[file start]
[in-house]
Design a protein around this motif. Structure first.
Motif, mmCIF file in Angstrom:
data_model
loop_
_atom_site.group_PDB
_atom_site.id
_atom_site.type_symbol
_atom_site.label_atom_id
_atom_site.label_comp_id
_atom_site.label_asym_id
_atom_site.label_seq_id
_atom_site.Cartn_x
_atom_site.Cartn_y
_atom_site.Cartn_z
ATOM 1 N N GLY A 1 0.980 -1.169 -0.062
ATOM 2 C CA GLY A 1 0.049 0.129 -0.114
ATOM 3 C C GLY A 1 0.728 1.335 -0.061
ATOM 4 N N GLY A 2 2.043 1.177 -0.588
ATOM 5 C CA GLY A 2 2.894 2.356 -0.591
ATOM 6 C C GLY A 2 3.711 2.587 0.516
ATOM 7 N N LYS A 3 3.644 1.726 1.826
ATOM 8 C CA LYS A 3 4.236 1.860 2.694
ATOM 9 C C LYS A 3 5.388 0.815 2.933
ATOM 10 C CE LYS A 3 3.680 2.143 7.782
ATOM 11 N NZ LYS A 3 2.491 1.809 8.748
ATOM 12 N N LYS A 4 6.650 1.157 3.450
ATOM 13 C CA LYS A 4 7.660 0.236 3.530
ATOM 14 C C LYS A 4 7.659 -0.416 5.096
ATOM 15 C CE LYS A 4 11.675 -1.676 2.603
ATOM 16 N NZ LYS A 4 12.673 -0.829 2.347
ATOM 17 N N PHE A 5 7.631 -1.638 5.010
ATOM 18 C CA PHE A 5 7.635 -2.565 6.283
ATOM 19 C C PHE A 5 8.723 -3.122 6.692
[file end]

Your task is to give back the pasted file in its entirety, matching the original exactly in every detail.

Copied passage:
[in-house]
Design a protein around this motif. Structure first.
Motif, mmCIF file in Angstrom:
data_model
loop_
_atom_site.group_PDB
_atom_site.id
_atom_site.type_symbol
_atom_site.label_atom_id
_atom_site.label_comp_id
_atom_site.label_asym_id
_atom_site.label_seq_id
_atom_site.Cartn_x
_atom_site.Cartn_y
_atom_site.Cartn_z
ATOM 1 N N GLY A 1 0.980 -1.169 -0.062
ATOM 2 C CA GLY A 1 0.049 0.129 -0.114
ATOM 3 C C GLY A 1 0.728 1.335 -0.061
ATOM 4 N N GLY A 2 2.043 1.177 -0.588
ATOM 5 C CA GLY A 2 2.894 2.356 -0.591
ATOM 6 C C GLY A 2 3.711 2.587 0.516
ATOM 7 N N LYS A 3 3.644 1.726 1.826
ATOM 8 C CA LYS A 3 4.236 1.860 2.694
ATOM 9 C C LYS A 3 5.388 0.815 2.933
ATOM 10 C CE LYS A 3 3.680 2.143 7.782
ATOM 11 N NZ LYS A 3 2.491 1.809 8.748
ATOM 12 N N LYS A 4 6.650 1.157 3.450
ATOM 13 C CA LYS A 4 7.660 0.236 3.530
ATOM 14 C C LYS A 4 7.659 -0.416 5.096
ATOM 15 C CE LYS A 4 11.675 -1.676 2.603
ATOM 16 N NZ LYS A 4 12.673 -0.829 2.347
ATOM 17 N N PHE A 5 7.631 -1.638 5.010
ATOM 18 C CA PHE A 5 7.635 -2.565 6.283
ATOM 19 C C PHE A 5 8.723 -3.122 6.692